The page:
The Holidays are a Perfect Setting
When is the best time to talk to your parents about these topics? The holidays are a joyous time when families come together to share and celebrate. Use this to your family’s advantage. Instead of setting a time or making a date to discuss important issues in can be naturally incorporated into your holiday conversations and interactions.
How to Start
Maybe you, your spouse, or one of your siblings will have to assist your parents around the house. You might ask them how they would have handled this particular situation if the family had not been there to assist. Ask them to consider how their lives will be changing as time passes and they need more and more help.
If you approach your family gathering with love in your heart and attention to opportunities to discuss the numerous issues to be addressed as your parents get older you will find many instances to ask questions and to get them thinking about what their needs will be in the years ahead.
Beginning this conversation is really a wonderful gift you can give your parents and your entire family. Think of it a way to honor your parents and help them look forward to what comes next in their lives.
Try not to approach this important opportunity as one conversation but as an ongoing series of conversations. Address one issue at a time rather than trying to resolve everything at once. It is less intimidating that way. What you’re trying to establish is an ongoing, honest conversation about everything related to your parent’s future.
Since most families spend an extended period of time together during the holidays it offers a unique opportunity for ongoing conversations. Take advantage of this time together to talk through these issues with your parents and the rest of the family. Honor and consider everyone’s input.
Trust Your Judgement
You don’t need to try to get all the answers immediately. You don’t need an answer at all today. Only a solid foundation is necessary. An understanding of your parent’s feelings, wishes and needs is what’s essential. You want to receive and share information. No need for the high pressure techniques.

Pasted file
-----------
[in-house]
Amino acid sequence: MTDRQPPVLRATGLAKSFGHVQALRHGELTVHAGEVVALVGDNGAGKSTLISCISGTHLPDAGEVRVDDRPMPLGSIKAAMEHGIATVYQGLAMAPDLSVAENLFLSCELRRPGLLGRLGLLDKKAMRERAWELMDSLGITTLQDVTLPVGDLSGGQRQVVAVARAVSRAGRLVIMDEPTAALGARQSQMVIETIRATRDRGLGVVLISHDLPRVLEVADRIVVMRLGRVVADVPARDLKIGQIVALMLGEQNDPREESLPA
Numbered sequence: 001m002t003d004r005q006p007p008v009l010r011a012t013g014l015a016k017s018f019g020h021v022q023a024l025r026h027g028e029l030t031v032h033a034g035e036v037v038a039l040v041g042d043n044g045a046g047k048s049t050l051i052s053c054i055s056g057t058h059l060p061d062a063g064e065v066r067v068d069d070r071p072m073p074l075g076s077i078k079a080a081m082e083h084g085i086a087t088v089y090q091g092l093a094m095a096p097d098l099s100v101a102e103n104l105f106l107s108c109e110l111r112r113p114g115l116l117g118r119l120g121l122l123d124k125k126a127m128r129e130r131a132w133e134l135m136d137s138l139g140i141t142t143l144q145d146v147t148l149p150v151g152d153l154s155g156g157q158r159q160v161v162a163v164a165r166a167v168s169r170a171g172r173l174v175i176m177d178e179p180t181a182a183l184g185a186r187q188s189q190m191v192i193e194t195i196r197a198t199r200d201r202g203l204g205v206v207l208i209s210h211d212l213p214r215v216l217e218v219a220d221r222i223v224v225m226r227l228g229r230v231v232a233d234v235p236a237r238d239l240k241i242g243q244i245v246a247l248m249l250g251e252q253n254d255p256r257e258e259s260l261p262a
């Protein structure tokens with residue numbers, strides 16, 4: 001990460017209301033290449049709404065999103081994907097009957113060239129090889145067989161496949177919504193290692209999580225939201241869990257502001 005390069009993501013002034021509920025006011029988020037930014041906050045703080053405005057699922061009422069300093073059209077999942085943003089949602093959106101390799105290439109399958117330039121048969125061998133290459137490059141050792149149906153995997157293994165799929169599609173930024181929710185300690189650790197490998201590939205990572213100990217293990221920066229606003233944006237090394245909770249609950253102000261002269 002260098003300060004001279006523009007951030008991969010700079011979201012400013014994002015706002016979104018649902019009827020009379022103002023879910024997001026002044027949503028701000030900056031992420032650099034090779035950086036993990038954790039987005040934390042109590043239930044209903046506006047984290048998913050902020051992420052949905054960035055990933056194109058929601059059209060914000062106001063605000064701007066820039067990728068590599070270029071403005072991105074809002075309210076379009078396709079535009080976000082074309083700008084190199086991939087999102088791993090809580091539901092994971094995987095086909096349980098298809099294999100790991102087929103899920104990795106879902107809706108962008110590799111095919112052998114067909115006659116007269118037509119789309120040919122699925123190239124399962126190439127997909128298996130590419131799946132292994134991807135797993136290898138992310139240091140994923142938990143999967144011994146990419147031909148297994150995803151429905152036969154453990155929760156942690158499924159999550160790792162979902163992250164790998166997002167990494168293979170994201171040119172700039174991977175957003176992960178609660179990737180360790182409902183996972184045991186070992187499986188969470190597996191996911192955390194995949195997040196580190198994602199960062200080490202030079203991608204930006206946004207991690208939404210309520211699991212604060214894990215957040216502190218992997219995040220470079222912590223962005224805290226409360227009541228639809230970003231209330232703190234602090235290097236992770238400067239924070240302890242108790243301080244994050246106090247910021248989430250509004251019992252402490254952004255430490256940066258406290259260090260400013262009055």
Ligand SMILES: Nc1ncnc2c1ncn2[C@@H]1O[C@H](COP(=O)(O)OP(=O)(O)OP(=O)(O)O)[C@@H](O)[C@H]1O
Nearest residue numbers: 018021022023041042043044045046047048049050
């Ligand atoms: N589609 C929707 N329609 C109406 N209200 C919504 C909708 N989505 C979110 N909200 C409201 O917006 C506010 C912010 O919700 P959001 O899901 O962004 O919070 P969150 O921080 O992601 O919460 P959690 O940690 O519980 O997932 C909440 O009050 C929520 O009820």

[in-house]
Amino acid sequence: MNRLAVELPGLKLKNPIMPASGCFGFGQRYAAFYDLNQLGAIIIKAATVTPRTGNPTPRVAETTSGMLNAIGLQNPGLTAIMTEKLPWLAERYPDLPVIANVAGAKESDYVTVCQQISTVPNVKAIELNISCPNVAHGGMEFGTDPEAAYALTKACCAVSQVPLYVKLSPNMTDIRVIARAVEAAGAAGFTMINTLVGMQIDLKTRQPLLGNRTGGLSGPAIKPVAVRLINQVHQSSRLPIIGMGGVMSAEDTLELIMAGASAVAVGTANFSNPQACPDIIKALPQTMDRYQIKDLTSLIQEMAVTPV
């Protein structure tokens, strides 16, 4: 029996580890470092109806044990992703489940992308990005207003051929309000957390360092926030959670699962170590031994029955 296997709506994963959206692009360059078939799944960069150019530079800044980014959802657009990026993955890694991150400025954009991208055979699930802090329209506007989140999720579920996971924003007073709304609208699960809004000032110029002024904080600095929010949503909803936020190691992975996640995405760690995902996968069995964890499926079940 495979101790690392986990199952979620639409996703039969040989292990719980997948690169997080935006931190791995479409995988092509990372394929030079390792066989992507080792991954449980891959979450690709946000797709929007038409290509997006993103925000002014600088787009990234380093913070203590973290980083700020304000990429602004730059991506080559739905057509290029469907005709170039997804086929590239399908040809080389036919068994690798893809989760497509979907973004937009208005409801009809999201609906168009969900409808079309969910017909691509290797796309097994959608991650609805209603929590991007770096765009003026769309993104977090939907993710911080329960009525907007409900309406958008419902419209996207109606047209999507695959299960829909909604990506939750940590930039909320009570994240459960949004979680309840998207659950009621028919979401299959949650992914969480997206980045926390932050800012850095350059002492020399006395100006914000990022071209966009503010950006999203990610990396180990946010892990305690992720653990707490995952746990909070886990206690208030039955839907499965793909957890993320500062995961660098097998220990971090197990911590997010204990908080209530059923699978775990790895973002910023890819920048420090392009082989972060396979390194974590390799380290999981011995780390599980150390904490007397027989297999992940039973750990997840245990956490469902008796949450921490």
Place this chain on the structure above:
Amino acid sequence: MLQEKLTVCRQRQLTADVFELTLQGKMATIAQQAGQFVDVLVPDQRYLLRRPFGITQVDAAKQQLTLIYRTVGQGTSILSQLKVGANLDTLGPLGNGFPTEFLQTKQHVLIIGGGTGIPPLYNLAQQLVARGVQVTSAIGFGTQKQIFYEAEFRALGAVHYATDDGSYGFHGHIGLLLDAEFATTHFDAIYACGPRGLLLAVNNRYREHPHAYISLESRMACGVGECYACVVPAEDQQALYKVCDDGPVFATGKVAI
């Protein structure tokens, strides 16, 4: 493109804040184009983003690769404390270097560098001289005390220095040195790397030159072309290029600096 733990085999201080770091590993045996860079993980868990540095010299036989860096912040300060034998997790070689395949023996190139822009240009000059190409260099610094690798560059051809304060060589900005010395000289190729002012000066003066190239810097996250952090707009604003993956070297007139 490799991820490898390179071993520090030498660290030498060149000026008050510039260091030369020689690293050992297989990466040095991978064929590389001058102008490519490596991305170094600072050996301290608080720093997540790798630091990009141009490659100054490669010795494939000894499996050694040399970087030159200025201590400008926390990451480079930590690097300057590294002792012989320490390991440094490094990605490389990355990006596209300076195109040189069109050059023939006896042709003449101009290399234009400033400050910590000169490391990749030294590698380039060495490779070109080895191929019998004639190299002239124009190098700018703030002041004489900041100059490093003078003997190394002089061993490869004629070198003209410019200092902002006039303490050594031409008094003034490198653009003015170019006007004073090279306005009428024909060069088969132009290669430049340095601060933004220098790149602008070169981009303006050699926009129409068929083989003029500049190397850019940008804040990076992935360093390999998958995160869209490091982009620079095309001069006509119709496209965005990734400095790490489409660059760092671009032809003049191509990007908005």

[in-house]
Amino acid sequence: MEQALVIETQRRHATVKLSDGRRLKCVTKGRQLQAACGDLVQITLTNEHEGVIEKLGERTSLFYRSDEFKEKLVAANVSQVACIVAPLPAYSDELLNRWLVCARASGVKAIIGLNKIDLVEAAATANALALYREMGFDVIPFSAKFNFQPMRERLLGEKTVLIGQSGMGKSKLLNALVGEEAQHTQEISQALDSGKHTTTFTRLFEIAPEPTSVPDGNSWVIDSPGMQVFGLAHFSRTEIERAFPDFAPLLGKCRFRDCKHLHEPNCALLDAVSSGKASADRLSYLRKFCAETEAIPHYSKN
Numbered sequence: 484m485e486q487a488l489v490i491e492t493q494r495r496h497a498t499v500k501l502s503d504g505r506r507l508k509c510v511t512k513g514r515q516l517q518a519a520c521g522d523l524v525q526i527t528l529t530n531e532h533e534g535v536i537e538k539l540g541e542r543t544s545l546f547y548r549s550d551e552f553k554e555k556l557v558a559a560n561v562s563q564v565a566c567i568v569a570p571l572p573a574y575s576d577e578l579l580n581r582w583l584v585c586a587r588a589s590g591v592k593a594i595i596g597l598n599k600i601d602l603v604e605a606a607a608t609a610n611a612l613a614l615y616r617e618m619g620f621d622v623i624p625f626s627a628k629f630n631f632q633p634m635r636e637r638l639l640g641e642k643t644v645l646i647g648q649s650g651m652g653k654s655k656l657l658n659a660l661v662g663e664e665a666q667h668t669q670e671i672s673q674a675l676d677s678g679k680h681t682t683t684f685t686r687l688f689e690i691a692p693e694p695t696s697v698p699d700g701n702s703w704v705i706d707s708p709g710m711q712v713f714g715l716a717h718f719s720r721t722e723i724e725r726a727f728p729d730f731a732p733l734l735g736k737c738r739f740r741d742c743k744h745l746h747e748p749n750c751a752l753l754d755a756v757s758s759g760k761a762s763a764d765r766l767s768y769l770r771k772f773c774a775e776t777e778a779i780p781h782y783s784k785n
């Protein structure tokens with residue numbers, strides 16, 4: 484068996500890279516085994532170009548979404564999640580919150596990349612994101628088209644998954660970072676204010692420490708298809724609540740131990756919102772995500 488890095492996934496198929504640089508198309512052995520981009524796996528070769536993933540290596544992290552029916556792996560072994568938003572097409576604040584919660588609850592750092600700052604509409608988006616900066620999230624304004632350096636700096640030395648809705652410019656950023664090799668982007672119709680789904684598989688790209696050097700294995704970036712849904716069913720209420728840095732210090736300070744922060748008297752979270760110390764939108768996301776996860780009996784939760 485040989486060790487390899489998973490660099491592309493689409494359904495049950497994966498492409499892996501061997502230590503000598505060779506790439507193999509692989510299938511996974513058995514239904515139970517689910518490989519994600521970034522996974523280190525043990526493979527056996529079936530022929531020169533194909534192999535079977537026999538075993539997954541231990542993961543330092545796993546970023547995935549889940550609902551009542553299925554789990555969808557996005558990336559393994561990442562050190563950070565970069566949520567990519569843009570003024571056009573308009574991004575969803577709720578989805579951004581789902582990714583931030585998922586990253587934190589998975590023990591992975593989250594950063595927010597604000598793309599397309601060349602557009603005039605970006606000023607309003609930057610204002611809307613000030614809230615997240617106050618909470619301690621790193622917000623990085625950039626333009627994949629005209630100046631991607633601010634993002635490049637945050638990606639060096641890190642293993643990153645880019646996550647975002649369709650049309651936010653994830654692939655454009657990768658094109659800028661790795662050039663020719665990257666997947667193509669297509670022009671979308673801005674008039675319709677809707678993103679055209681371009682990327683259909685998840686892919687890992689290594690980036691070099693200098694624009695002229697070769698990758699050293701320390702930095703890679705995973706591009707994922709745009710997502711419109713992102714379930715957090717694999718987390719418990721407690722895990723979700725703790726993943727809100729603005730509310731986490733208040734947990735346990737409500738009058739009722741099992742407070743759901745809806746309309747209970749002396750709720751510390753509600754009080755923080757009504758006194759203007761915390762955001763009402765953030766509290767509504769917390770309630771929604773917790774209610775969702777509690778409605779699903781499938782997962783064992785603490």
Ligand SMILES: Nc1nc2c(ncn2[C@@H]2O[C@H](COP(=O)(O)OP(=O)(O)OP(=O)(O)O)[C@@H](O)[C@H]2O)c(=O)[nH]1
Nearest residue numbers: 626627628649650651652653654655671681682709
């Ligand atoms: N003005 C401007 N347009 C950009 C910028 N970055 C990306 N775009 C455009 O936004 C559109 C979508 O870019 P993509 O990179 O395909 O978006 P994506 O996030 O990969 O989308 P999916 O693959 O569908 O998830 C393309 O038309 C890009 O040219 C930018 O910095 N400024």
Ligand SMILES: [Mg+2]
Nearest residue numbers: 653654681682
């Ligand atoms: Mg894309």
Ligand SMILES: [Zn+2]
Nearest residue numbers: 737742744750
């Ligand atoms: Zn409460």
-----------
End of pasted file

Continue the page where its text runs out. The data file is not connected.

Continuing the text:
Since it is likely that you will be interacting with your parents a multitude of times over the course of the holidays “pick your spots.” You probably don’t want to first bring this up as you sit down to Christmas dinner, but if you have already been discussing these issues over the course of the day(s) then why not discuss it then.
Just use your best judgement. If you have prepared yourself for these conversations as we suggested earlier then go with your heart and begin talking when it feels right. Remember your parents have also been thinking about this and probably don’t know how or when to talk about it either. You might actually encounter a sense of relief when you first bring up the topic.
A shift in your relationship with your parents might also occur as you guide these conversations, but you should not consider yourself the expert or that you “know what is best.”
Here are key considerations when preparing to start the senior living conversation:
- Soul Searching – Begin with some soul searching and consider your personal point of view. Why do you want to have these conversations? What do you want for yourself and for your parents? Do you have fears or concerns? If so, what are they? What would be your best-case scenario? What do you want to happen?
- Include Everyone – Contact your siblings and all family members who should be part of the discussion about how and when to have the conversation with your parents. Even if they cannot be present it is good to collaborate with family members, get their input and know that you mutually support each other throughout your parents aging process.
- Practice Empathy – Walk in your parents’ shoes. Be sensitive and empathetic. Approach the conversation with respect and a caring heart. Ask them how they are doing. Ask them if they’re still able to do the things they want. Let them know you care about how they are, how they feel about their own aging and what they want the rest of their life to be like.
- Listen – Be prepared to listen. Sometimes you are afraid to hear what parents are feeling because it also makes you face getting older. Let them talk and let them know you hear them. Be open to asking questions and hearing the complete answer before offering an opinion or advice. Listening shows respect — a key ingredient for a successful outcome.
- Questions – One way to start a conversation is by asking a question: “Gee, Dad, I’m considering long-term care insurance – what do you think? Do you have any?” or, “Mom, I’ve been reading a lot of articles lately about planning for later years. I’m going to revise my will and make sure my legal documents are all set. What about you – can we talk about this for you?”